The U.S. Tax Court held that a cantor of the Jewish faith met the criteria to benefit from 26 U.S.C. §107 for his ecclesiastical functions even though he did not have the authority of a full rabbi. Salkov v. Commissioner, 46 T.C. 190 (1966). A licentiate of the Presbyterian Church was also determined to benefit from 26 U.S.C. §107 where, although not formerly ordained as a minister and not able to administer all sacraments, he conducted worship services, preached, performed funerals, tended to the needy and was considered a leader by the congregation. Knight v. Commissioner, 92 T.C. 199 (1989). However, the U.S. Tax Court excluded an educational minister from 26 U.S.C. §107 where, although commissioned by the Baptist church for a tax purpose, he did not officiate services, perform sacraments or even receive a formal ordination. Lawrence v. Commissioner, 50 T.C. 494 (1968).

Freedom From Religion Foundation (“FFRF”), a non-profit organization that challenges government endorsement or promotion of religion, was the prime mover in the lawsuit against 26 U.S.C. §107. They sued the Treasury Department and argued to the federal court that the parsonage allowance exclusion conditions a tax benefit on religious affiliation in violation of the First Amendment. The U.S. District Court agreed and found that the tax exclusion did not have a secular purpose as required by the Establishment Clause, so the statute was unconstitutional. The Internal Revenue Service and the other defendants appealed.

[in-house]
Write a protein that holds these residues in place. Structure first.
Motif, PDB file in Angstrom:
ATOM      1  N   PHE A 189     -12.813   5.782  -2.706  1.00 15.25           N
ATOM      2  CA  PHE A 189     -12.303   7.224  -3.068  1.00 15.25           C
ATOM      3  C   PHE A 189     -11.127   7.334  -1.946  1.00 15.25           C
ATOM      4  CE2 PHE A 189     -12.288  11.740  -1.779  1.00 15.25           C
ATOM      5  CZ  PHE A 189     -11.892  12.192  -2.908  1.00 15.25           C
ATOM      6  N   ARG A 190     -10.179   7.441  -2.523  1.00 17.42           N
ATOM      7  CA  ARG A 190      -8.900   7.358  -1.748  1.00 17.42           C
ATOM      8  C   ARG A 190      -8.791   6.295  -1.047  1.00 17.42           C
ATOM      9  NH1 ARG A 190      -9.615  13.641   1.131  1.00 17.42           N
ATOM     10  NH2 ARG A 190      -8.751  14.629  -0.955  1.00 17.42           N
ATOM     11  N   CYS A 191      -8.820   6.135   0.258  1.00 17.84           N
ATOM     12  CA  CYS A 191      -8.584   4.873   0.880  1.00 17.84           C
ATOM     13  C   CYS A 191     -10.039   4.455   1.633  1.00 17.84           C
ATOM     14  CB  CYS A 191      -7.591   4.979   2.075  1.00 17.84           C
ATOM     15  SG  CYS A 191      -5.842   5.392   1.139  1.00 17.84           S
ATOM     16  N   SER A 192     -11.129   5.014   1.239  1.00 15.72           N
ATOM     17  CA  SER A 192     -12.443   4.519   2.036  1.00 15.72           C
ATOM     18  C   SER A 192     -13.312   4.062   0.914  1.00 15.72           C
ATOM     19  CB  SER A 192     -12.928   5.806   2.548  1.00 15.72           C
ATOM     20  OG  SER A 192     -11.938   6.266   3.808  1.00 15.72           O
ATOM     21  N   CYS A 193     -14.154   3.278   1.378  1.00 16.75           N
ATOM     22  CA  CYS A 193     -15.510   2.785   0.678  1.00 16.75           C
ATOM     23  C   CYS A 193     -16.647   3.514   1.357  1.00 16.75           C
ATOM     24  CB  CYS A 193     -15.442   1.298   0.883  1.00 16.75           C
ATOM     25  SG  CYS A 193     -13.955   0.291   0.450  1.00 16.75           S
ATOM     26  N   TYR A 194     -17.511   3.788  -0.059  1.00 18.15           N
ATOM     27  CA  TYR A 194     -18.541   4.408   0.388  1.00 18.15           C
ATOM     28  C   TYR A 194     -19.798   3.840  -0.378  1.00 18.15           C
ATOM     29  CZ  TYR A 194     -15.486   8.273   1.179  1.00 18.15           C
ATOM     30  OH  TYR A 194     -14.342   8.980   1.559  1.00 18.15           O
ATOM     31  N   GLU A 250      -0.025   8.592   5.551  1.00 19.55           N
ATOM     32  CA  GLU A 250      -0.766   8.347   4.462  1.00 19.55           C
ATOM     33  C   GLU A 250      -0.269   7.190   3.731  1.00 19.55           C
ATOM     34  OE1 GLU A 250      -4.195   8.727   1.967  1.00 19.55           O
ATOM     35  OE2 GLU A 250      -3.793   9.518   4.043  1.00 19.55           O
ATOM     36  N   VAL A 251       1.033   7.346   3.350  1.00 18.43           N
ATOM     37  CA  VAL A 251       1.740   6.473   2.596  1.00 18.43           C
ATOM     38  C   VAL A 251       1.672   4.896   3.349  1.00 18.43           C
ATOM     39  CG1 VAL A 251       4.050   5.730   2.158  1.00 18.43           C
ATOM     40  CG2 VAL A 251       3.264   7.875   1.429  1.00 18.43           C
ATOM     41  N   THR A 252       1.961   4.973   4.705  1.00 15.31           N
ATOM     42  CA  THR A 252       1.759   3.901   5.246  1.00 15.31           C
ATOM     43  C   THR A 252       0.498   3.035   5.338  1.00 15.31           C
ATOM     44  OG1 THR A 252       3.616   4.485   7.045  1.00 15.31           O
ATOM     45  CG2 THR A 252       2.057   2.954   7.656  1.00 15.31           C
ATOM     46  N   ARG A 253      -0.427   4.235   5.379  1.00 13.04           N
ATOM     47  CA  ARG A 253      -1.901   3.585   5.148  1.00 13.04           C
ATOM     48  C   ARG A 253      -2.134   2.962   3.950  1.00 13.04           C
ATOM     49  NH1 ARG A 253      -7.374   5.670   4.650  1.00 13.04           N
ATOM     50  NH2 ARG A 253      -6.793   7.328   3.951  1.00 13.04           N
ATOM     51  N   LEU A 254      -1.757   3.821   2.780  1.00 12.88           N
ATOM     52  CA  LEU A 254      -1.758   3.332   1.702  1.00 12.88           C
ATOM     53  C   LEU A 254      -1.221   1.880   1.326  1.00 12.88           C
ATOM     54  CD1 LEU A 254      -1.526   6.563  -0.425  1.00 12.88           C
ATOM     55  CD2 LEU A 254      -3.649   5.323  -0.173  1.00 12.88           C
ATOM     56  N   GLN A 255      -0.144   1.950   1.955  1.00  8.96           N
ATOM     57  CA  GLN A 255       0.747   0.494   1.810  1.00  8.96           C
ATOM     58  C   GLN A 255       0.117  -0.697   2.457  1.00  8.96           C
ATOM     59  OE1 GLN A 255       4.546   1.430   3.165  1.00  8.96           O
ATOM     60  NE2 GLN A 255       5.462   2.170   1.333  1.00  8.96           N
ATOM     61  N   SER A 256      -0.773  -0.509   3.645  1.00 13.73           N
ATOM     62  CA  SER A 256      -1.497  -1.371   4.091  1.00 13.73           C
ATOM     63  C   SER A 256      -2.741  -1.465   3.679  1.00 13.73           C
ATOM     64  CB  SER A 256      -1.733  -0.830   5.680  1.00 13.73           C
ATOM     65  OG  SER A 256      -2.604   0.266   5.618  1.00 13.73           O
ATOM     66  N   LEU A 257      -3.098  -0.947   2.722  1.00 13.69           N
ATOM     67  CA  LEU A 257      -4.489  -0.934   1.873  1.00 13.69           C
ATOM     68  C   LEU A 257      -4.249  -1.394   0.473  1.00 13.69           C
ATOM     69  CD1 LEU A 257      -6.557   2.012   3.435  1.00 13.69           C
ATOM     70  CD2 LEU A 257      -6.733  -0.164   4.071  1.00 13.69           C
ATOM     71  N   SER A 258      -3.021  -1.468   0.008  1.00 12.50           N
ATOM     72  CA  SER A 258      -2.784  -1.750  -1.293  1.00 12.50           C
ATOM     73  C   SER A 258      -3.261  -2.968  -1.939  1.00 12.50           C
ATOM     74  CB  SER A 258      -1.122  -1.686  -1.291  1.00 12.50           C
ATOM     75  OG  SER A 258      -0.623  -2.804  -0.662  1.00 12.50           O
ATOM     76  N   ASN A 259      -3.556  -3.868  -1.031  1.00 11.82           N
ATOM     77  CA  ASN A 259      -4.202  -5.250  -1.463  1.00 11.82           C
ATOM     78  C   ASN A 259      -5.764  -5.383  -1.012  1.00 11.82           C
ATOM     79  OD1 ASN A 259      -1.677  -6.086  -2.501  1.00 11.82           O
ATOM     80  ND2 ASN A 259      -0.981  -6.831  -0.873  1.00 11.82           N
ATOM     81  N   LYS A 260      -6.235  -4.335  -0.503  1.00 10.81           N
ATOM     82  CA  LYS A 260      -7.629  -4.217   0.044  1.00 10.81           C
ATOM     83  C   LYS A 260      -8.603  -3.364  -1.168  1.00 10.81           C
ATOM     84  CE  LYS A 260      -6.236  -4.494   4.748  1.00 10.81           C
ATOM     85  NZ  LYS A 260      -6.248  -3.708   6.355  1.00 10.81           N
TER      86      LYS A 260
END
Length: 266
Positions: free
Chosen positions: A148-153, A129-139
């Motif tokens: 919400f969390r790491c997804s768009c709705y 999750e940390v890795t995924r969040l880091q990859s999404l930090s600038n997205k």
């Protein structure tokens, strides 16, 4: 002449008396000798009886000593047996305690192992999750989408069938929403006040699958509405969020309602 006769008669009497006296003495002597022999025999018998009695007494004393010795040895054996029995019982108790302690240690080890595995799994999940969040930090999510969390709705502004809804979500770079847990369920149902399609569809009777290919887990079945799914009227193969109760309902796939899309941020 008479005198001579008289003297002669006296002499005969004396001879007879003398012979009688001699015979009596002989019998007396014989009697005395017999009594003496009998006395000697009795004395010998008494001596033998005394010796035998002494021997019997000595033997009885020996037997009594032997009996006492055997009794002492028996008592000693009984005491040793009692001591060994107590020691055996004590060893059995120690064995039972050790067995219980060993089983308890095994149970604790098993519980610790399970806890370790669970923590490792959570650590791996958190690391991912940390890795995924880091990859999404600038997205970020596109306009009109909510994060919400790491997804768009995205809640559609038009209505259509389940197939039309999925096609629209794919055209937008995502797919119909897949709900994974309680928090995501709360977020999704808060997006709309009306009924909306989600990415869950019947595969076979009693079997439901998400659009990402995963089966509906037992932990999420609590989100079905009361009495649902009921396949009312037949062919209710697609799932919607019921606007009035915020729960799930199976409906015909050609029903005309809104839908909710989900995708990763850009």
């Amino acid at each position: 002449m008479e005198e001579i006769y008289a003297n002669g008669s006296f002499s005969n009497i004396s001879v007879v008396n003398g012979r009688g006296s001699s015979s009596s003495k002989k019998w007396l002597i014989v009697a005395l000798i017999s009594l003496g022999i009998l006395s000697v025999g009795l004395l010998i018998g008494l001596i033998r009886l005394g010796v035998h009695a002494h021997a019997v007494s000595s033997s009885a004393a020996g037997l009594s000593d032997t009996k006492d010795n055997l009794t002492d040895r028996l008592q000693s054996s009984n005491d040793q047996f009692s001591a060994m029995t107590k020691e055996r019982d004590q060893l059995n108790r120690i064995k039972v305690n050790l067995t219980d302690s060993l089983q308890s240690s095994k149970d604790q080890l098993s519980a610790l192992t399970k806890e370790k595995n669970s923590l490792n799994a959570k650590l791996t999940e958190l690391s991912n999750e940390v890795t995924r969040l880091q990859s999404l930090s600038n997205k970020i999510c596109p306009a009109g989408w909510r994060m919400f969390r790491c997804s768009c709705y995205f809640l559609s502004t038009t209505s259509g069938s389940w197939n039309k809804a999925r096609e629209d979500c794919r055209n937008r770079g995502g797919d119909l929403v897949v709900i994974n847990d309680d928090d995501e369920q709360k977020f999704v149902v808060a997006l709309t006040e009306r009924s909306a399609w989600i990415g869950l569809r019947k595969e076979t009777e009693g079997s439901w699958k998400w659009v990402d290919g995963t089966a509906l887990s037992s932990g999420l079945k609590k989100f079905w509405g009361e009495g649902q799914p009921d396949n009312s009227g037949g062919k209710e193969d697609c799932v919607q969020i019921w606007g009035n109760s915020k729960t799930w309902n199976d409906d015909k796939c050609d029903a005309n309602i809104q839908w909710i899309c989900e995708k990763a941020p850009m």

The Seventh Circuit Court of Appeals found that, by itself, 26 U.S.C. §107 appears to provide a government benefit exclusively to religious leaders. However, in the broader context of the Internal Revenue Code, 26 U.S.C. §107 is one of many statutes that provides a tax exemption to employees with work-related housing requirements (e.g. 26 U.S.C. §132 excludes housing for an employee away on business for less than a year, 26 U.S.C. §134 excludes housing for former or current military members, and 26 U.S.C. §911 excludes certain housing expenses for citizens living abroad). The parsonage exclusion is merely one provision of a large body of law providing benefits for employment housing allowances at the convenience of the employer.

Furthermore, the FFRF’s argument that 26 U.S.C. §107 favors one religion over another in violation of the Establishment Clause does not stand up to current case law. As indicated before, the term “minister of the gospel” encompasses a broad class of religious leaders beyond the Christian faith. Providing a tax exemption does not amount to a sponsorship, financial support or active involvement of the government in religious activity. A tax exemption is not the same as a subsidy. This provision does not amount to the government advancing religion, but rather allows churches to advance religion by retaining more financial resources. Since the statute stays within the parameters of the Free Exercise Clause and the Establishment Clause of the First Amendment, it is held to be constitutional and remains good law.

The parsonage tax exclusion is still controversial in some legal circles, but it is the law of the land and provides a powerful tax benefit to qualifying religious leaders. No one should have to pay more income tax than required by law, and every taxpayer has an absolute right to take advantage of every deduction, credit or exclusion allowed by statute. If you have questions about the parsonage exclusion or whether you qualify as a “minister of the gospel” for the purposes of 26 U.S.C. §107, then do not hesitate to contact the tax attorneys at Kershaw, Vititoe & Jedinak PLC today.